Streaming TV platform specialist Roku (ROKU -3.83%) has some major tailwinds at its back, namely the shift of viewers from linear TV to streaming and rapid growth in ad-supported connected TV (CTV). But one smaller and nascent catalyst is often overlooked: Roku's international expansion. Roku CEO Anthony Wood has said that international markets represent "a greenfield with a lot of potential." 

In 2019, Roku made key progress on laying the foundation for its international expansion, building out its offering in Canada, Mexico, some parts of Latin America, and Europe.

Throughout 2020, Roku's ongoing international expansion may lead to significant account growth outside of the U.S.

A Roku-powered TV in an apartment living room.

A Roku-powered TV. Image source: Roku.

Recent international launches

Roku's latest geographical expansion was in Brazil. The company started selling Roku-powered AOC TVs in the market on Jan. 22. As has been the case in the U.S. and in other countries where Roku has expanded, these TVs come standard with Roku OS, giving users the ability to download channels from the Roku Channel Store and search for entertainment across the apps. 

Highlighting how Roku is attempting to localize its platform for the international markets it expands to, the company partnered with the largest streaming Brazilian platform, Globoplay.

"In order to allow users to enjoy direct access to Globoplay's content, the Globoplay shortcut button will be added to the Roku TV remote control in Brazil in the coming months," Roku said in a news release about its expansion to the market.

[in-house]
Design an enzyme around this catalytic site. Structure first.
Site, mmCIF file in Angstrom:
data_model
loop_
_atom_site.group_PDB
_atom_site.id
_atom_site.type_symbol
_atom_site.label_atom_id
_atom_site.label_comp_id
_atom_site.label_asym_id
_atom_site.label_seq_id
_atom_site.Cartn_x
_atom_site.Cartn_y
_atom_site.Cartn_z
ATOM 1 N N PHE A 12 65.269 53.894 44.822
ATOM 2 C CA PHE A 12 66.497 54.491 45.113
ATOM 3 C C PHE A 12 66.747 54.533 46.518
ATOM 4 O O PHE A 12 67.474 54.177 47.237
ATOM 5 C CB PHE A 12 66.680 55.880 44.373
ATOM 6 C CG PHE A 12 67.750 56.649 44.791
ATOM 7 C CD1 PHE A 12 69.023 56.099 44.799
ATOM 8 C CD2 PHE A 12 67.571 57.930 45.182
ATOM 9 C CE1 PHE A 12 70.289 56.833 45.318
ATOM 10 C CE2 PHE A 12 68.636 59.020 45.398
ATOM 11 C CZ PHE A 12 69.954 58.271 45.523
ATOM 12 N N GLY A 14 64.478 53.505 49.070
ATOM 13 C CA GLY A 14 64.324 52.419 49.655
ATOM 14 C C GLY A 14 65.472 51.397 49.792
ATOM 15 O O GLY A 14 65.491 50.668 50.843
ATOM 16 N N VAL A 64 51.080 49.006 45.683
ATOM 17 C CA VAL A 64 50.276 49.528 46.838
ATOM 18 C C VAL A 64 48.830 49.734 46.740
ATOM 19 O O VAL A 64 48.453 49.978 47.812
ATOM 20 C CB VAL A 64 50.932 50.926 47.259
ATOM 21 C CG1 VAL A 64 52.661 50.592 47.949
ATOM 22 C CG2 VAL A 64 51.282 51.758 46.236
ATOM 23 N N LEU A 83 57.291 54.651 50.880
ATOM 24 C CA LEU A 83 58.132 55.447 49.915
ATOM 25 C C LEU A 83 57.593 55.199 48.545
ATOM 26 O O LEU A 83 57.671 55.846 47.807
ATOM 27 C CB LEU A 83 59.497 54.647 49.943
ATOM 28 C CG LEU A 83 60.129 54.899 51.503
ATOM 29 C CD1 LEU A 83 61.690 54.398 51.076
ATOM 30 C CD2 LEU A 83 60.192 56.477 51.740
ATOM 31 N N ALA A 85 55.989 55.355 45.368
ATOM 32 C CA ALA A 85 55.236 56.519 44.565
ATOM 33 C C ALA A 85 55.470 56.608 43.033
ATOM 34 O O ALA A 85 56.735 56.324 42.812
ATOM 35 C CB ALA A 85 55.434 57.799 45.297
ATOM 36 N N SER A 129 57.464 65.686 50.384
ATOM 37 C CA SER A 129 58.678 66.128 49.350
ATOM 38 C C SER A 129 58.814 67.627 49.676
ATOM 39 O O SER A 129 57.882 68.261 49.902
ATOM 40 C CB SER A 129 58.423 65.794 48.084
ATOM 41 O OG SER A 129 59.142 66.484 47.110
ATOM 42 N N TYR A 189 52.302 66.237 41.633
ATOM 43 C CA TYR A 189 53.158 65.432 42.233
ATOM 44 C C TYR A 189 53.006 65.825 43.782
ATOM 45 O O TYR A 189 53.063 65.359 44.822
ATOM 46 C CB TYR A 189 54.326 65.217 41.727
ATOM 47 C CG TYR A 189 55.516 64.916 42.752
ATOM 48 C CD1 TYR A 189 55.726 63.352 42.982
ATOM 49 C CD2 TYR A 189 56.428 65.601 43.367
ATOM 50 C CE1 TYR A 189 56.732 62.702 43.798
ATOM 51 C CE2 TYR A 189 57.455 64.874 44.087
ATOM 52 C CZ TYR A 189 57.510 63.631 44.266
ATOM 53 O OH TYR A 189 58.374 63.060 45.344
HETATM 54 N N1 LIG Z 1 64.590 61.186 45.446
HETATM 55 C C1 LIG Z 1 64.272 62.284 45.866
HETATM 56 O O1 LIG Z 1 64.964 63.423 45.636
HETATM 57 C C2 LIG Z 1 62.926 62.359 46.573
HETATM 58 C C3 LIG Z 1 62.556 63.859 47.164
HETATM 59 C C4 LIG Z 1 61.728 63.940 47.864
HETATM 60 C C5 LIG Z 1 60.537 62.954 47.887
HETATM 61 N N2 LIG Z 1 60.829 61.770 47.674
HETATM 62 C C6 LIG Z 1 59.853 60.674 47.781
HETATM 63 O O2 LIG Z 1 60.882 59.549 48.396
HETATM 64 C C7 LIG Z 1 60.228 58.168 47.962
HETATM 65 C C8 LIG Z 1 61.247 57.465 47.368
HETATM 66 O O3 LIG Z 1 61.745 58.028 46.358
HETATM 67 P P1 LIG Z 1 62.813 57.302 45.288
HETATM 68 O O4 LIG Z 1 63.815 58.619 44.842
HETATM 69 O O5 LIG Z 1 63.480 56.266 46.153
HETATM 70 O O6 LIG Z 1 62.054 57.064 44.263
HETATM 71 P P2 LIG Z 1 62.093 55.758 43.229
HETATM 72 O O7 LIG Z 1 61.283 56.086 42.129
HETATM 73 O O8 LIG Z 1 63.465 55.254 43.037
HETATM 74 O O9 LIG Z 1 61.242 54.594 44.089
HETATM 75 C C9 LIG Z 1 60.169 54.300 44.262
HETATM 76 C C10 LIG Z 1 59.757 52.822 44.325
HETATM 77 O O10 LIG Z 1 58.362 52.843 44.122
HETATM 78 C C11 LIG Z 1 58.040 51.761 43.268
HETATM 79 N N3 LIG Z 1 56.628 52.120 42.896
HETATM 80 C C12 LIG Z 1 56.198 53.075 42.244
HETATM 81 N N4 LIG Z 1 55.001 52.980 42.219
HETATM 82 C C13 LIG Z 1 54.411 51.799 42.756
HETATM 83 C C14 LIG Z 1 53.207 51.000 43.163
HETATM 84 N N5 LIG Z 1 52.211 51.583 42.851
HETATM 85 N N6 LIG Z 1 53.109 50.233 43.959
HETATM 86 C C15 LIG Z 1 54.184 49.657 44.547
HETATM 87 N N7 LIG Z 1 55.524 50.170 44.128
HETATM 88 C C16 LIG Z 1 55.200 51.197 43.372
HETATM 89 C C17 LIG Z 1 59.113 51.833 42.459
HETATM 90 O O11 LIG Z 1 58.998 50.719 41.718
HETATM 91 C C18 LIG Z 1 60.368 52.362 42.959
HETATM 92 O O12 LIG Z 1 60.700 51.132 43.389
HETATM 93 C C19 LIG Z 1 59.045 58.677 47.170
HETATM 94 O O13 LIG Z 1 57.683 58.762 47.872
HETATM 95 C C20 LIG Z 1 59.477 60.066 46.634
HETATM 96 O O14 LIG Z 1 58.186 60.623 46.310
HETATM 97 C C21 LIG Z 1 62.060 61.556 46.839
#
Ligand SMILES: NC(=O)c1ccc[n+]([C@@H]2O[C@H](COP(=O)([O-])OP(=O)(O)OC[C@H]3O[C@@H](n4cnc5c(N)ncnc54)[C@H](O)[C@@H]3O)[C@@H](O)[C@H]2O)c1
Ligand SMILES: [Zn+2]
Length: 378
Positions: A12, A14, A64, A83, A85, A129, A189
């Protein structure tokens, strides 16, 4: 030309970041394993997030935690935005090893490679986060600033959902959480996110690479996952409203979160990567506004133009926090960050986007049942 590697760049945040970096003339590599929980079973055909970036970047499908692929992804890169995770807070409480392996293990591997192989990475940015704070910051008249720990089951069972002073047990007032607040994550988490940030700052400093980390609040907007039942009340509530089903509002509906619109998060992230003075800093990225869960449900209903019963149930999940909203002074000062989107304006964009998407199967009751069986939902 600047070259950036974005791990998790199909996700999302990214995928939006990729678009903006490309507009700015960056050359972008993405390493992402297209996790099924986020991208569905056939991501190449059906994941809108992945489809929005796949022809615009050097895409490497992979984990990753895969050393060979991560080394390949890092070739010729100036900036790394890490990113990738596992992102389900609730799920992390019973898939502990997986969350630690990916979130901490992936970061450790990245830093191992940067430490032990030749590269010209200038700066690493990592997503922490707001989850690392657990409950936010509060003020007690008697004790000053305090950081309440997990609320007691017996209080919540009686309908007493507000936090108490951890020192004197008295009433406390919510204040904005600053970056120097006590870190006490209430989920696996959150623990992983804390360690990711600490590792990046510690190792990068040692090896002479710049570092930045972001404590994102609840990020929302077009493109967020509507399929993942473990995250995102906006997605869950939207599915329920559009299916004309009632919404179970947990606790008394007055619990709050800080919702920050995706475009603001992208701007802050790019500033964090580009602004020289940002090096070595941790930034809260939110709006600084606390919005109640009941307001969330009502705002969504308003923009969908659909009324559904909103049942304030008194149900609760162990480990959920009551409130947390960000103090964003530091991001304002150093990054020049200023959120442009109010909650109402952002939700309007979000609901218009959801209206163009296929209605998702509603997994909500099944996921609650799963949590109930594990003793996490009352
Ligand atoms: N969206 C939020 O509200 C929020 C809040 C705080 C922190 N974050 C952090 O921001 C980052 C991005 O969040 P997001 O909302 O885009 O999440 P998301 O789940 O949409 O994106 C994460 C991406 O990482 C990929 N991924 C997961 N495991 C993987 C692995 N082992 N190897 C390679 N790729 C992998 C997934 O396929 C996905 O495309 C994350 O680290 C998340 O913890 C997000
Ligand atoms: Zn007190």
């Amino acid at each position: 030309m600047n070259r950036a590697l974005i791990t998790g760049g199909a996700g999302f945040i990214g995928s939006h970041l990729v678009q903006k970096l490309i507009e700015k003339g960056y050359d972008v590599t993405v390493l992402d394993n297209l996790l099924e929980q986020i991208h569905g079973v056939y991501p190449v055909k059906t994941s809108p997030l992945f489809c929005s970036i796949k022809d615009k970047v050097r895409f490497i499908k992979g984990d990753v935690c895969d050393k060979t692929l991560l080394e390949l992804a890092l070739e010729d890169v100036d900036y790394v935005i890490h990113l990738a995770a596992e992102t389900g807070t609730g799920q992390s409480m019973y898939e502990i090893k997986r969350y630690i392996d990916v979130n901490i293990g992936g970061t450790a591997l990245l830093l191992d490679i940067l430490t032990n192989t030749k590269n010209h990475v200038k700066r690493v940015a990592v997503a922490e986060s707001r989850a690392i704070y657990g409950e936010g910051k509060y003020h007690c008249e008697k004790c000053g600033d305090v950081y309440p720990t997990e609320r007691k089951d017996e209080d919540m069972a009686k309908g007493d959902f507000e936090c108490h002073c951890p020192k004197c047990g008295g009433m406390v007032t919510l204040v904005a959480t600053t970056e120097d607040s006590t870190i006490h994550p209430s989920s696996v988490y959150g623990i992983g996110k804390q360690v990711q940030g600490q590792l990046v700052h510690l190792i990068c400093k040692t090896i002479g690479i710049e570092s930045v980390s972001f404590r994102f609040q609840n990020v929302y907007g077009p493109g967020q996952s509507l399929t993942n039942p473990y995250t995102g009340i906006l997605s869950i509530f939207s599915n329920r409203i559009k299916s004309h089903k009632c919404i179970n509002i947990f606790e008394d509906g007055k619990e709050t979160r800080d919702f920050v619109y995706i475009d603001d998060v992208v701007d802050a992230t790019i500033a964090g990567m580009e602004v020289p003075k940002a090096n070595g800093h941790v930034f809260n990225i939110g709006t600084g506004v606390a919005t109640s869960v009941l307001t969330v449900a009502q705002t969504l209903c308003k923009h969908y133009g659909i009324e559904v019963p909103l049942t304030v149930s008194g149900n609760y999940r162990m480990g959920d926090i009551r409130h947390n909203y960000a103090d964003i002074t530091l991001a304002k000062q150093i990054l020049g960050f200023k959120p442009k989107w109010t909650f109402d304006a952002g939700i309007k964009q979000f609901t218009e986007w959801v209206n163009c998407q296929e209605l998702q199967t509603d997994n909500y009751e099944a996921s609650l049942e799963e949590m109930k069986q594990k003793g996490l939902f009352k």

Another recent international expansion for Roku was in the U.K. In September, Roku announced at a European consumer electronics show in Germany that it was rolling out a TV licensing program for European markets. By November, the company launched Roku-powered Hisense TV models in the U.K.

Roku is getting aggressive

There's likely plenty more international expansion to come throughout 2020. Wood said in the company's third-quarter earnings call that Roku is starting to move "more aggressively" with its international rollout.

The company's international expansion includes hiring in target markets, forming partnerships with TV manufacturers and video publishers in those regions, and allocating more engineering resources toward international efforts.

While international markets were one of the company's investment areas in 2019, 2020 is likely the year that those investments will start to pay off in meaningful account growth. Management explained this timeline in a quarterly update last February: 

These are still early days for us on the international front, and thus international distribution is unlikely to be a major driver of 2019 account growth. We expect to start seeing greater benefits of these investments show up in international account growth in 2020 and beyond.

Still, investors will need to exercise patience. Management has repeatedly emphasized that just as revenue growth has lagged account growth in the U.S., this will likely happen internationally as well.